With the goal of getting my old life back I would prefer to better understand what is causing the issue and finding a solution if possible. I believe my options at this point is to rest more and see if things improve further over the next few months. Find another surgeon and get a second opinion? Which I guess could end up in a revision of the first surgery work. So I would prefer suggestions to include for that possibility. From where I live parts of Virginia and Maryland are within reasonable distance. So I would be open to any recommendations. Or some other possible option I would appreciate being made aware of. Thoughts please. Thank You.

    LeviProcter replied 6 years, 2 months ago 5 Members · 4 Replies
  • 4 Replies
  • LeviProcter

    December 9, 2017 at 11:35 pm

    Pain that is gone after surgery but comes back that is similar as before makes me concerned about hernia recurrence (can happen even with no bulge, etc).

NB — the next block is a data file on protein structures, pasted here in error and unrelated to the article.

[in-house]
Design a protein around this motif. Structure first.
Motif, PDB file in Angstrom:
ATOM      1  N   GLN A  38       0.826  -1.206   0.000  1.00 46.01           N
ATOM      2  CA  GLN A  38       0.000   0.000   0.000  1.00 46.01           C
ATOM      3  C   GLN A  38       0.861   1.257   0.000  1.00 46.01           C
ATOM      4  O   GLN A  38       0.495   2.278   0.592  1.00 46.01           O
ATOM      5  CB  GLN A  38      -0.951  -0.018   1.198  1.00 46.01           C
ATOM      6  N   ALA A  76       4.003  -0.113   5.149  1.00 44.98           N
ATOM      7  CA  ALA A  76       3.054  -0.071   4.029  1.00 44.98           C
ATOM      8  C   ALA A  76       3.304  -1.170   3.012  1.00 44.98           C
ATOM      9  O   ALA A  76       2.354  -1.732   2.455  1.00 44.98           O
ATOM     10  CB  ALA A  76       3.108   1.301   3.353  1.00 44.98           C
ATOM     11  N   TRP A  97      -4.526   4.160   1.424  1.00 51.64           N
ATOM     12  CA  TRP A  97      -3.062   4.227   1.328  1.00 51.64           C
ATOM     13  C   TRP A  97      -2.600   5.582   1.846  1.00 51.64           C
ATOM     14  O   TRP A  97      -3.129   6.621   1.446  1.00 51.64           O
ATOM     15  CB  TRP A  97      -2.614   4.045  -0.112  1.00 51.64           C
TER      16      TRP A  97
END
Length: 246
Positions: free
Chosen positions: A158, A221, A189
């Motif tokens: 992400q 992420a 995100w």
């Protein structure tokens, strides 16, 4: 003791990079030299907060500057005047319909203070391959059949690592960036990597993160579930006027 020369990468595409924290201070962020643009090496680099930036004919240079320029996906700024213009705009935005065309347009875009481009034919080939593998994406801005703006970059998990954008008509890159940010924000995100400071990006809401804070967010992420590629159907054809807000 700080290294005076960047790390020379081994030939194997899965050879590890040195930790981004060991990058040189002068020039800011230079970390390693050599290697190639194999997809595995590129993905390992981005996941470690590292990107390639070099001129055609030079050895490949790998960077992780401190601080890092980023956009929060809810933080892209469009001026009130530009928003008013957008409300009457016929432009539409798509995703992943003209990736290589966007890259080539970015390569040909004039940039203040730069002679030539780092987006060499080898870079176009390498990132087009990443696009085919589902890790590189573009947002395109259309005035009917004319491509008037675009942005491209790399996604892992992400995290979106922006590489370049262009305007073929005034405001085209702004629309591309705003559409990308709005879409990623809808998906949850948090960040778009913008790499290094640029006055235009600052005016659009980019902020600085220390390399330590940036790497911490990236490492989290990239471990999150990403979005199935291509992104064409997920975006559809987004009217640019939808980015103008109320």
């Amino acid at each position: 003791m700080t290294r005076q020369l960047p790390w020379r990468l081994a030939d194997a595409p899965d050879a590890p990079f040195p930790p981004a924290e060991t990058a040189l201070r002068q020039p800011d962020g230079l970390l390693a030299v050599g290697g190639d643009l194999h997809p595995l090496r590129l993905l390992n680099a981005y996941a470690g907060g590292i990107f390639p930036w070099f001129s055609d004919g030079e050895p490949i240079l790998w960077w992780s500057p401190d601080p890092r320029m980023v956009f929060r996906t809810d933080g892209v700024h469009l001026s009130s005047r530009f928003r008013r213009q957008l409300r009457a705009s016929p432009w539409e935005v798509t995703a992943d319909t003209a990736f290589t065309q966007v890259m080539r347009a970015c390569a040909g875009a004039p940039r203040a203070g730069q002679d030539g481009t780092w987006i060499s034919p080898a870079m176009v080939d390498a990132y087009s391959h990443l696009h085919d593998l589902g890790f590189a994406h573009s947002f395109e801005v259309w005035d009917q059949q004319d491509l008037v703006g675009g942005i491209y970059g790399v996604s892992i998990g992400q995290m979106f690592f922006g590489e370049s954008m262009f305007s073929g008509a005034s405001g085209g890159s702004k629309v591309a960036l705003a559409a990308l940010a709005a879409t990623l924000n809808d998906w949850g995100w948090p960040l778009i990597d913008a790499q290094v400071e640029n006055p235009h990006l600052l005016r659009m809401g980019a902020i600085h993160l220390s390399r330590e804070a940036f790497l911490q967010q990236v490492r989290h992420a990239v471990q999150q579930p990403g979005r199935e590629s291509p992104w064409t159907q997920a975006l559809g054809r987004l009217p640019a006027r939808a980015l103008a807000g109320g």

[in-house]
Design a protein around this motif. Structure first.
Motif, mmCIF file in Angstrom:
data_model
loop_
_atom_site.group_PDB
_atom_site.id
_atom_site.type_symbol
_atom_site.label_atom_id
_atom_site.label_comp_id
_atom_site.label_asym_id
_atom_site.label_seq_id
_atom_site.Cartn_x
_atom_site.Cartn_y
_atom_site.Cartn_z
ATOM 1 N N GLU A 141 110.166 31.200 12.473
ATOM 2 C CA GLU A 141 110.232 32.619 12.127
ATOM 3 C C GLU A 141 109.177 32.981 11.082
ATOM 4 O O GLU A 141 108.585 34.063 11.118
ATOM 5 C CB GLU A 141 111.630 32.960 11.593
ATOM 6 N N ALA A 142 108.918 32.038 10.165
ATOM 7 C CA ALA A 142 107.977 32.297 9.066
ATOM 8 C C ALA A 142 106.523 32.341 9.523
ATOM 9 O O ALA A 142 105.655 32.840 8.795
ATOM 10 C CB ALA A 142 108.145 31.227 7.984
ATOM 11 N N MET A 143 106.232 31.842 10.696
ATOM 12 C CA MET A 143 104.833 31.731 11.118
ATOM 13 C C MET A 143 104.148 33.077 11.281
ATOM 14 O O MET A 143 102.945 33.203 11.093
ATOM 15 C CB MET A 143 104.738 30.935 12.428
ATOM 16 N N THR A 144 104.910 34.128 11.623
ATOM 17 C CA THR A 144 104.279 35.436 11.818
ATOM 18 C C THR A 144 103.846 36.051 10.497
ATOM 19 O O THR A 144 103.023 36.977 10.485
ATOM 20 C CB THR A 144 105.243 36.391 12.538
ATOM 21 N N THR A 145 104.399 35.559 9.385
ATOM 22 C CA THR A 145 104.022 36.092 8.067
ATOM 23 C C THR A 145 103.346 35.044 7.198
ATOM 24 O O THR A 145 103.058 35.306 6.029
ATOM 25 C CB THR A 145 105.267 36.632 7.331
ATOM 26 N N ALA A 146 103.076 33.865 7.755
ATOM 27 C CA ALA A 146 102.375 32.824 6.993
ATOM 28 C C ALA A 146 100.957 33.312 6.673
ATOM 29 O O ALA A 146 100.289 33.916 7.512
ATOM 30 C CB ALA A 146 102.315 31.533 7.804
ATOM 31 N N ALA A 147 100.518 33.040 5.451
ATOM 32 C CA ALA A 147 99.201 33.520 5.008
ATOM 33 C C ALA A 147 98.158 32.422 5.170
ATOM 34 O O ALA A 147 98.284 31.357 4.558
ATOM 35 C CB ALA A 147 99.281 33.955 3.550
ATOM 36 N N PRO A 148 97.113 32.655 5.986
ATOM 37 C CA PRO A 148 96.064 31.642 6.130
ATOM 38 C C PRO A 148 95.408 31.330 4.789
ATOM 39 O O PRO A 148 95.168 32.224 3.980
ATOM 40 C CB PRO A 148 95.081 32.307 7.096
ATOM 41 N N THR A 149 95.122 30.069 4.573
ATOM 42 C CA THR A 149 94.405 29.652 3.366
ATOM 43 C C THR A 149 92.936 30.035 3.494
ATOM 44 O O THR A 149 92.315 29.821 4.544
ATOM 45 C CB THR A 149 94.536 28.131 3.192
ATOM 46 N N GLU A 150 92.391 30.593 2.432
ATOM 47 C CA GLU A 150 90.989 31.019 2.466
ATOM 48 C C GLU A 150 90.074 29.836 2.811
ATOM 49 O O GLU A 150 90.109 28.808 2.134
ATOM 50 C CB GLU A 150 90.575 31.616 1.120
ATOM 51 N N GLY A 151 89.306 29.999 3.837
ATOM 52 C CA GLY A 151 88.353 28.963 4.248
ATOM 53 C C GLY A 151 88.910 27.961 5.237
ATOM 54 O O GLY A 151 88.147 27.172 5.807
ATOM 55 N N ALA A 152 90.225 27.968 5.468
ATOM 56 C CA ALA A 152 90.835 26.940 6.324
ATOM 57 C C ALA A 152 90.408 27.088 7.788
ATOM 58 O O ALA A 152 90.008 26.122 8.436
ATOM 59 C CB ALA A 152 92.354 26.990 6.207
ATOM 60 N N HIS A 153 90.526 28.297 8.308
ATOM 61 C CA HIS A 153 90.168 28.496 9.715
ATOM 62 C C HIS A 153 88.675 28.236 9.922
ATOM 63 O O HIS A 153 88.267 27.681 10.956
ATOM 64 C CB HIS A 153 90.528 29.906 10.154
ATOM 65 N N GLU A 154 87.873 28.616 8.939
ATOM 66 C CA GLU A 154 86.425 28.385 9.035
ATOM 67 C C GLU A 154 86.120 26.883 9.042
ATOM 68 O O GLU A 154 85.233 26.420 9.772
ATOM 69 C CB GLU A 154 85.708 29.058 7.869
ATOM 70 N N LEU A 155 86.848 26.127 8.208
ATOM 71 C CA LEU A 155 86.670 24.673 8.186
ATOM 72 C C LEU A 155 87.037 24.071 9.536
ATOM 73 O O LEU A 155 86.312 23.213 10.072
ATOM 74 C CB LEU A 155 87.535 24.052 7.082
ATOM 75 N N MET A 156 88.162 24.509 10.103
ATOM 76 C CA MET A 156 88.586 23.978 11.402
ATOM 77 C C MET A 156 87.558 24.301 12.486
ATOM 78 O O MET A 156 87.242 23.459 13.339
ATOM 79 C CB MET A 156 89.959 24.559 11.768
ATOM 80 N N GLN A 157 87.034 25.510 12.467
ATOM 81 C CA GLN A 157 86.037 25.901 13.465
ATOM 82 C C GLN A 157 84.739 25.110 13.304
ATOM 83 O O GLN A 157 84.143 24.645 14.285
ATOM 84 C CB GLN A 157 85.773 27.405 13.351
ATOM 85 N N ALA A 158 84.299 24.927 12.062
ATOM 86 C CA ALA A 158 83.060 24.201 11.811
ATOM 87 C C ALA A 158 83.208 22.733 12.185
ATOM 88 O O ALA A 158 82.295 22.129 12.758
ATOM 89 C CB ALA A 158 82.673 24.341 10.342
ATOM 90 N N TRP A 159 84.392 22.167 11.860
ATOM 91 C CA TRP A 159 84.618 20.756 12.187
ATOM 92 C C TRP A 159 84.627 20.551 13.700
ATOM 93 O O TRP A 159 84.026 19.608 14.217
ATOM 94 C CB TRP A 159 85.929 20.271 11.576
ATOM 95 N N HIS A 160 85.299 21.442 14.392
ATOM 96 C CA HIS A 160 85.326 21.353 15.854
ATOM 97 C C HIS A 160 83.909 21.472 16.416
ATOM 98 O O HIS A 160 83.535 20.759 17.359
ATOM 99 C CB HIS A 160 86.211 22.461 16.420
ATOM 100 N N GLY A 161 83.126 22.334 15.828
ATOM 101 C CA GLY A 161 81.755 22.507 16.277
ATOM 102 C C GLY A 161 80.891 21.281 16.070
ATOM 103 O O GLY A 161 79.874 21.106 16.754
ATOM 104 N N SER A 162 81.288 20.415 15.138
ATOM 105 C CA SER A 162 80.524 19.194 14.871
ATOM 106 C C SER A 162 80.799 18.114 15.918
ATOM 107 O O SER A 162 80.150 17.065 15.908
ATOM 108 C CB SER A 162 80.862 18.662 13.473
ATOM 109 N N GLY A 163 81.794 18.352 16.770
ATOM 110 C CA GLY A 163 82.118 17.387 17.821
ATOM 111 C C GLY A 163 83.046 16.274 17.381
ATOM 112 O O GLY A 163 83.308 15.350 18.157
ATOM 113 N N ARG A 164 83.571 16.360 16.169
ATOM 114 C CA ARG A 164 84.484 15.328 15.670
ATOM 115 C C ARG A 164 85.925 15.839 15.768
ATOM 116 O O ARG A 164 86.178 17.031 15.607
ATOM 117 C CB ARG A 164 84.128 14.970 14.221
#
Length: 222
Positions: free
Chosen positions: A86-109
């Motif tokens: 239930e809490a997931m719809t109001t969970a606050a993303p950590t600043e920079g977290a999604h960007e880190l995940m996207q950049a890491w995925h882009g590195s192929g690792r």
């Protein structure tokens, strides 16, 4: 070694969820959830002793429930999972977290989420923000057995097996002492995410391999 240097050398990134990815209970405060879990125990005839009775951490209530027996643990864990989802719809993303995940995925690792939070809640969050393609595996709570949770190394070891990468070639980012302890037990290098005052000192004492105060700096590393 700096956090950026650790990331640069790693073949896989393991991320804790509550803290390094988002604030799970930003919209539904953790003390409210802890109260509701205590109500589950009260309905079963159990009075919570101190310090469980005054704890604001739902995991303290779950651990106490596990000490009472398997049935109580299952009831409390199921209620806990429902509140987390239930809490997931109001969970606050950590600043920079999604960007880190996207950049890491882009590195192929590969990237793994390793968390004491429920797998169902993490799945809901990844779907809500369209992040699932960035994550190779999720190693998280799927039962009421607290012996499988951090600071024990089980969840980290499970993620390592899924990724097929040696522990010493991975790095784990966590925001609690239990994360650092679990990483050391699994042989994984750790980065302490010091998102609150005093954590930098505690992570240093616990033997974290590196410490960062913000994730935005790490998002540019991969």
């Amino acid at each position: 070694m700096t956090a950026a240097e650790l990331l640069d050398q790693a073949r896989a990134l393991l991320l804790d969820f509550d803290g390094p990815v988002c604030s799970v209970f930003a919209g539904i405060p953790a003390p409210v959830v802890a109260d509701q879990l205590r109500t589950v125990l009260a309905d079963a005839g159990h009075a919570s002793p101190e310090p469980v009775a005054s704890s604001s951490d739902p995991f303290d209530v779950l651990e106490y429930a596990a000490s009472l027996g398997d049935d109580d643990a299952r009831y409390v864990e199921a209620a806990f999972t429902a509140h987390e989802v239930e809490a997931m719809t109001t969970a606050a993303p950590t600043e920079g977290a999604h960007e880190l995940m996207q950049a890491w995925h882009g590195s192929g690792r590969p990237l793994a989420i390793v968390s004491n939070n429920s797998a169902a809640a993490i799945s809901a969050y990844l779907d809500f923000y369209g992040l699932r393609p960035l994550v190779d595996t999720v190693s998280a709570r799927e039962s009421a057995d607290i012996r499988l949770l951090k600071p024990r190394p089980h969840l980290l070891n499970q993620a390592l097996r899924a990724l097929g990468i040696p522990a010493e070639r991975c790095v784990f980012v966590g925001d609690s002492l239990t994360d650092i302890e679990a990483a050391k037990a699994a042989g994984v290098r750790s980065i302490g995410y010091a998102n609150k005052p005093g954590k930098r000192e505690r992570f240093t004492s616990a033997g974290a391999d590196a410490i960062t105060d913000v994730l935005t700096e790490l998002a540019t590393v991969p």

You need an evaluation by a surgeon that deals with recurrent hernias.
    They will need your op notes, any imaging you have on CD w/reports.
    They will get a history, physical and do an exam.
    If they feel it’s nerve related they can do dermatome map testing in the office in a few minutes.

  • Chaunce1234

    December 4, 2017 at 4:08 am

    I am not a doctor but my 2 cents is that if you can manage or resolve a problem without another surgery, then you might want to try that first. A pain shot might help and it could also be diagnostic and informative, if a numbing shot in one particular nerve pathway completely resolves the pain, then that may help a doctor to help narrow down the cause. But discuss this all with a knowledgable doctor, maybe even get a second opinion, let them help you come up with a plan. Some doctors also may prescribe a 30-45 day course of powerful NSAID (meloxicam, naproxen, etc) assuming it is compatible with you.

    Does anything in particular help the pain go away, or make it notably worse? Does heat or ice help or hurt? Does applied pressure make it better or worse? Is the pain generalized, or focused in a specific area? If you are able to take NSAIDs, does ibuprofen or aleve help, or make no difference at all?